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Continued Discussion of Disaster Programs in U.S. Agriculture: A Policy Discussion

By Krista Swanson and Nick Paulson
Department of Agricultural and Consumer Economics
University of Illinois

Carl Zulauf
Department of Agricultural, Environmental and Development Economics
Ohio State University


The existing farm safety net for crops in the United States includes commodity programs and crop insurance. Crop insurance protects against production losses and was instituted to move away from ad hoc disaster assistance. The past five years have also witnessed various ad hoc disaster assistance programs from both Congress and USDA. For insured crops, the ad hoc assistance always raises concerns about the interactions with crop insurance. These topics were covered in farmdoc daily articles published on June 6, 2022 and June 7, 2022. All of this leads to questions about the considerations for farm safety net policy in the presence of natural disasters. We address this question in the following policy discussion.

Historical Precedent for Ad Hoc Programs Influence on Future Policy

For the past five crop years, Congress has authorized ad hoc disaster assistance in the form of the Wildfire and Hurricane Indemnity Program (WHIP) for 2017, WHIP Plus (WHIP+) for 2018 and 2019, and the Emergency Relief Program (ERP) for 2020 and 2021. In addition, the Trump Administration created the Market Facilitation Program (MFP) in 2018 and 2019, followed by both Congress and USDA making assistance available in response to the COVID-19 pandemic via programs including the Coronavirus Food Assistance Program (CFAP) and the Paycheck Protection Program (PPP).  The substantial levels of ad hoc assistance in five consecutive years may signal potential changes to the farm safety net in the upcoming debates on the farm bill.

Since at least 1974, farm support payments have moved from one regime to another. The changes were often initiated by stress factors that resulted in a sharp increase in ad hoc payments which were subsequently incorporated into farm safety net programs (see farmdoc daily July 29, 2020).  The prevalence of ad hoc programs since 2018, including programs specific to disaster assistance, could suggest policy makers think the farm safety net provided in the 2018 Farm Bill has real or perceived inadequacies (see farmdoc dailyJanuary 7, 2021). As a result, discussion related to permanent disaster assistance is part of the next farm bill debate. An important consideration is how adding a disaster assistance program would fit within the already existing portions of the Federal farm safety net: commodity title and crop insurance programs.

The current commodity program options, Price Loss Coverage (PLC) and Agriculture Risk Coverage (ARC), can and often have provided assistance in natural disaster situations, including those that have received disaster assistance since 2017. However, response to natural disaster situations is not a direct policy objective of these programs. The primary policy objective of PLC is to provide aid when prices are low relative to fixed reference levels, while ARC provides aid during periods of low revenues relative to a benchmark defined by recent history (see farmdoc daily March 16, 2022). Natural disaster situations may not result in sufficiently low prices or revenues to trigger PLC or ARC payments. Hence, these programs may be perceived as not responding to disaster related losses.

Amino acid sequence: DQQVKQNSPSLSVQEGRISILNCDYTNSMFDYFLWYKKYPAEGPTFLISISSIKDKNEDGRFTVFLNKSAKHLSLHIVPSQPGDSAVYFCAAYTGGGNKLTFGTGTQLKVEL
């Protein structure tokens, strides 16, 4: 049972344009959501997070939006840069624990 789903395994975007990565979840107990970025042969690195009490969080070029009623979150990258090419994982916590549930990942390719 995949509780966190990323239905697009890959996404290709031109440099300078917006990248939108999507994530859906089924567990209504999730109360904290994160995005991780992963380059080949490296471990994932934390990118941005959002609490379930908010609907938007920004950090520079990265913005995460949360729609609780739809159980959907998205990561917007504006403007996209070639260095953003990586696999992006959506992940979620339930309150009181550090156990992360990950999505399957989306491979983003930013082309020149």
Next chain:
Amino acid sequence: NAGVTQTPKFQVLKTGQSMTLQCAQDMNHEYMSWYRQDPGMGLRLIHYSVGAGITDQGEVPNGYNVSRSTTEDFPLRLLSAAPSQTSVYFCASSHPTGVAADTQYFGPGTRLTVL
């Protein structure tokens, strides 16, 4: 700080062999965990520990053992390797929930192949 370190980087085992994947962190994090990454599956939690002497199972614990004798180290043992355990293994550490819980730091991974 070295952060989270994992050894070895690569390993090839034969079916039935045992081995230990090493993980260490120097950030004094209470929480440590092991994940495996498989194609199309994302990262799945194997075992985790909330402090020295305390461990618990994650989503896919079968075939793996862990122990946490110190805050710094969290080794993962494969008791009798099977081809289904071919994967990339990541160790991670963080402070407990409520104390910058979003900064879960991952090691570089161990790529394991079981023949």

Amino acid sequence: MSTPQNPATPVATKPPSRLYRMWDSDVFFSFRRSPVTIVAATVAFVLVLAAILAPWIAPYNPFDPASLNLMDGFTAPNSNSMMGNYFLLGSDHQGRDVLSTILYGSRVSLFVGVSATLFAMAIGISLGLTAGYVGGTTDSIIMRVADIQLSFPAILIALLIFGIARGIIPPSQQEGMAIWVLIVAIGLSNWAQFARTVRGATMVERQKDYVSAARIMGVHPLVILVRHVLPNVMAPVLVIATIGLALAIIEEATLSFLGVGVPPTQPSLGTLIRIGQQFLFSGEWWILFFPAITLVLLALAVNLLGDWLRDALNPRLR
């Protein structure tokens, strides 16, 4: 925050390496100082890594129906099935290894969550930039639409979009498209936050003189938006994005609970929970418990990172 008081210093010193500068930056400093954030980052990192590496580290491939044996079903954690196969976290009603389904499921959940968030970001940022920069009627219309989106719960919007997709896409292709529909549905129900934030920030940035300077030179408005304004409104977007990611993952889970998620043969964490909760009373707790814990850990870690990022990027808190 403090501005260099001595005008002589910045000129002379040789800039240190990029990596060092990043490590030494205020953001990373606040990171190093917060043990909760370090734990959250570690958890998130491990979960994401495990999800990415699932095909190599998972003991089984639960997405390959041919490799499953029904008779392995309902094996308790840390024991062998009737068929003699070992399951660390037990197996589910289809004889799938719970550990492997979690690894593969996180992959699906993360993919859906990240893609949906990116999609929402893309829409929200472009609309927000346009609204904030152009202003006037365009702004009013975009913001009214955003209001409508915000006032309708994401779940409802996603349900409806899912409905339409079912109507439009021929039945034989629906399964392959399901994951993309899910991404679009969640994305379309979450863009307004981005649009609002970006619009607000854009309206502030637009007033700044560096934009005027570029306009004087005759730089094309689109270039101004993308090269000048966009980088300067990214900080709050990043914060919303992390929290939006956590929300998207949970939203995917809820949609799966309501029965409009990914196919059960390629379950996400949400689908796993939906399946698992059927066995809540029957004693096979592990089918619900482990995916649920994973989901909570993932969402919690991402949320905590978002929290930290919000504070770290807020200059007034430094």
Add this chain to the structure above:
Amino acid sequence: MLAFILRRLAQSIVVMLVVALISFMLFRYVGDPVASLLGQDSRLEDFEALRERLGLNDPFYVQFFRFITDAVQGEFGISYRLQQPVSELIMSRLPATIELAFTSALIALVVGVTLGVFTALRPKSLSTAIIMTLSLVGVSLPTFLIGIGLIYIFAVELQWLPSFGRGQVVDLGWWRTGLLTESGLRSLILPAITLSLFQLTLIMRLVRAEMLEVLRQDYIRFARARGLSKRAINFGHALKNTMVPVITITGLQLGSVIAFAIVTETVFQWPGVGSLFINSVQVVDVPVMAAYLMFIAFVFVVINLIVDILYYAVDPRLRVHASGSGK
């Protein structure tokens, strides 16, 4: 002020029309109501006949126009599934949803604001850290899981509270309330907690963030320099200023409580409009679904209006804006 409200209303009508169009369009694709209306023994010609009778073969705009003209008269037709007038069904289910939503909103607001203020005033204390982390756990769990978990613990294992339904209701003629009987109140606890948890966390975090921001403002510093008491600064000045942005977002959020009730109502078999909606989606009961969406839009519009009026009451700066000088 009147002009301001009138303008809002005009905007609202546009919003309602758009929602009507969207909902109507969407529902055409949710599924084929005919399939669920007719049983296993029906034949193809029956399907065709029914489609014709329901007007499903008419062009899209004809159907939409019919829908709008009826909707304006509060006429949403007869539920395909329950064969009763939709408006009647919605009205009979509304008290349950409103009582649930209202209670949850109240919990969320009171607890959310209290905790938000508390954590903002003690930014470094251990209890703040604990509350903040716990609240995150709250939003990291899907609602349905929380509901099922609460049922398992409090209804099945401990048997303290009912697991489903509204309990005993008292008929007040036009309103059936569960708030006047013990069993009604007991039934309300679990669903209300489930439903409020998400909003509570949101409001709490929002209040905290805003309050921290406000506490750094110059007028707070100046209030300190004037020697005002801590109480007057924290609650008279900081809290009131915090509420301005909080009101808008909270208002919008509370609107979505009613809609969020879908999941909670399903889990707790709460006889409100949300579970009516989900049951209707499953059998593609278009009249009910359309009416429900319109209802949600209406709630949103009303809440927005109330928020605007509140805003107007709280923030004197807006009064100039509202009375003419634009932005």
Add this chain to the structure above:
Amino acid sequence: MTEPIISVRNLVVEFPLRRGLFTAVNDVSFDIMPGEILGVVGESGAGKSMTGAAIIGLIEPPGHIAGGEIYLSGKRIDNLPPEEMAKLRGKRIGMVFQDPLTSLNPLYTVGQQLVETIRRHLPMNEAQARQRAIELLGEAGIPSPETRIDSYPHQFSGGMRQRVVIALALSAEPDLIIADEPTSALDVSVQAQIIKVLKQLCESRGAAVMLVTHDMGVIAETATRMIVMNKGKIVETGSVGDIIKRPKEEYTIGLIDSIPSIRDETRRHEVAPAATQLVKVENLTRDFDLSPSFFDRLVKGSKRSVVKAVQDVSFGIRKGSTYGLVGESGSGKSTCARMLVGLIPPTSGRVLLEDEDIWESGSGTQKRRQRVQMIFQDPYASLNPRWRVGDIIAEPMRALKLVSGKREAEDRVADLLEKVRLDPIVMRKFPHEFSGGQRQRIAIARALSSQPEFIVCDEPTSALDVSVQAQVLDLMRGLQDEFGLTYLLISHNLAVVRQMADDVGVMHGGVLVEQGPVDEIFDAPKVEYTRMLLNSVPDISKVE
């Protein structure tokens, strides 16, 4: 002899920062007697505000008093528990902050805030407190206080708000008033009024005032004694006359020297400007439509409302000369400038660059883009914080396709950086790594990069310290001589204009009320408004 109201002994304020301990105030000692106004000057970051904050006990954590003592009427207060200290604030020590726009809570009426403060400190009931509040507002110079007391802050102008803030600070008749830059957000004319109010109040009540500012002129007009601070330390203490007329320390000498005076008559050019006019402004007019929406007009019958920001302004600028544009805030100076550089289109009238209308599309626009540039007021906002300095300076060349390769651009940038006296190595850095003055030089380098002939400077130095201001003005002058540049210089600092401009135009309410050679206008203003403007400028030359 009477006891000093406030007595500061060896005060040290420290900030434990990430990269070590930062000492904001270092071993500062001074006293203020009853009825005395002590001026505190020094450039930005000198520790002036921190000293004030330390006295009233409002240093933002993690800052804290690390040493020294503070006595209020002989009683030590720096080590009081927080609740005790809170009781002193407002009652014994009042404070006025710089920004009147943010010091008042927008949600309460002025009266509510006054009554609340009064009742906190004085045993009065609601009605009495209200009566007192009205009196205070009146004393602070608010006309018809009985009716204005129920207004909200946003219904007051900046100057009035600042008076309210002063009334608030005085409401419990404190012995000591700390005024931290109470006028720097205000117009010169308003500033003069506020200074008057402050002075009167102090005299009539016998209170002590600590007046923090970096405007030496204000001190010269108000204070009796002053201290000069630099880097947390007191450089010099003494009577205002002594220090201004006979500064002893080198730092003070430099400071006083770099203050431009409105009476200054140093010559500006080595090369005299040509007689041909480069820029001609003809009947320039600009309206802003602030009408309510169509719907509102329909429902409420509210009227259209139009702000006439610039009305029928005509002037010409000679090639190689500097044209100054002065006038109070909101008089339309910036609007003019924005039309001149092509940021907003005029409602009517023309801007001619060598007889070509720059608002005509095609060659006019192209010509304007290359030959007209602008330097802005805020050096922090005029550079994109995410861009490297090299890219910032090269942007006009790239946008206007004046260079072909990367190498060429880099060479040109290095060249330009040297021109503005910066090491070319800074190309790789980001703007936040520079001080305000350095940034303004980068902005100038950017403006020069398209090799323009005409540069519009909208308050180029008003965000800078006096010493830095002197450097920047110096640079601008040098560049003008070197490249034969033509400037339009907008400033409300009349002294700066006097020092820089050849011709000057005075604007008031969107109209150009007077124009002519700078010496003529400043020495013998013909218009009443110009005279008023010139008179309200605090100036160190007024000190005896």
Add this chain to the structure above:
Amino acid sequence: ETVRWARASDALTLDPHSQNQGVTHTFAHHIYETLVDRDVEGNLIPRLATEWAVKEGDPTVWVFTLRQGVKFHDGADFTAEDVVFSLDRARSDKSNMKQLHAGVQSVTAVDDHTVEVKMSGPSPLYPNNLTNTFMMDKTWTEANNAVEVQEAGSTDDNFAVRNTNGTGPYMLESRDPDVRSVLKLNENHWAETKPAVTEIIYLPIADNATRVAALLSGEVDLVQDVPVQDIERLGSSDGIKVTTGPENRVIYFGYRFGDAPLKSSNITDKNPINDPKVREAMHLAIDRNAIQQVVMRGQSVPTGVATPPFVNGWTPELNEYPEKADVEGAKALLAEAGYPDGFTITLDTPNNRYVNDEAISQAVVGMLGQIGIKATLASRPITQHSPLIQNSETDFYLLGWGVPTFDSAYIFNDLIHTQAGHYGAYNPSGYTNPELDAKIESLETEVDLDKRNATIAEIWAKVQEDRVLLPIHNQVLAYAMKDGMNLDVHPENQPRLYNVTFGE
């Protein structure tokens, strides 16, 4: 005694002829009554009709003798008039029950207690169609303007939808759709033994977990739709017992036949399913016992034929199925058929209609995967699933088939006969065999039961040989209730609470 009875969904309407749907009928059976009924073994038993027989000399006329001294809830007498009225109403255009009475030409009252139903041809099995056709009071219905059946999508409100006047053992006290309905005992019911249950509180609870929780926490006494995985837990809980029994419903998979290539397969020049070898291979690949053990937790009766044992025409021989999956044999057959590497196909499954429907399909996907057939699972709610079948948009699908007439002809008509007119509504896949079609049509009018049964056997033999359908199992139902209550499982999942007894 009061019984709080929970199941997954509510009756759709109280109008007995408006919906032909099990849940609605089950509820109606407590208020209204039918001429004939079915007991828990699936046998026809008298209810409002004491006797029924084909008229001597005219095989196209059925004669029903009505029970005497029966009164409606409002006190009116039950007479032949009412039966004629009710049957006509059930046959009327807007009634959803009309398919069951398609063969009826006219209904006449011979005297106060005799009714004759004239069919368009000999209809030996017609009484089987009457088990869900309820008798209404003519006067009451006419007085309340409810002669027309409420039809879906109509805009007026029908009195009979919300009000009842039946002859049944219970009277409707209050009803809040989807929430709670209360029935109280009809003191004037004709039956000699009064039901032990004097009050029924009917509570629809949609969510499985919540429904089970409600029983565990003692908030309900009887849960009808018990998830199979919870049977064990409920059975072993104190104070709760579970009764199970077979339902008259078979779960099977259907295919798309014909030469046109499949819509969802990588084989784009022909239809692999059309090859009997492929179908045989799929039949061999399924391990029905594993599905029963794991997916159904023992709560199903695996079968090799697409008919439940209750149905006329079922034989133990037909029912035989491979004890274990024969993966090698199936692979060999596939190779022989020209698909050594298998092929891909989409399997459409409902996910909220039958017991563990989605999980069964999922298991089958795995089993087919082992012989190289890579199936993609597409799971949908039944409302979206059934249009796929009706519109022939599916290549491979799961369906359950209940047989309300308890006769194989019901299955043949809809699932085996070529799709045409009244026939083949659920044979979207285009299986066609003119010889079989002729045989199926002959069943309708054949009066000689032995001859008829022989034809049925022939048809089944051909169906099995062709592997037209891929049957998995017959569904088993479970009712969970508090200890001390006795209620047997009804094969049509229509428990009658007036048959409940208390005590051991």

The Federal Crop insurance program’s design provides assistance for declines in yield or price over a crop’s production period. This includes declines related to many of the same natural disaster situations as recent ad hoc disaster programs. For crops with crop insurance or non-insured disaster assistance (NAP), the Wildfires and Hurricanes Protection Plus (WHIP+) program and Emergency Relief Program (ERP) increased the coverage offered during a period of declared natural disaster.  This raises the following important questions:  Why does crop insurance need to be enhanced in the presence of a natural disaster cause of loss compared to a non-natural disaster cause of loss, especially given that farmers overwhelmingly purchase individual farm and yield crop insurance? Further, if additional assistance is needed, why is it not directly built into the crop insurance program?

Important Policy Considerations for Future Disaster Assistance

Congress has authorized ad hoc disaster assistance to make payments in addition to standard crop insurance coverage, to both insured crops and uninsured crops for each year from 2017 to 2021. The prevalence of these programs brings forth important considerations for the development of farm safety net policy in the presence of natural disasters.  The discussion contains echoes of the SURE program created in the 2008 Farm Bill, the last standing disaster assistance program (CRS Report R40452).

  1. Loss Triggers. With WHIP+ the loss trigger differed across producers with a requirement to be in a county given a disaster declaration to get a payment, creating a roulette wheel of sorts. Producers outside designated disaster areas, including those in contiguous counties, were required to supply documentation of direct impact by a qualifying disaster event to be eligible. For ERP Phase 1, which is for producers who had purchased crop insurance or NAP, the loss trigger will be that the cause of their loss was listed by Congress as a natural disaster cause of loss.  This provision introduces the potential for substantial moral hazard in the form of pressure on those who assign cause of loss to make it one that qualifies for the higher payment from ERP.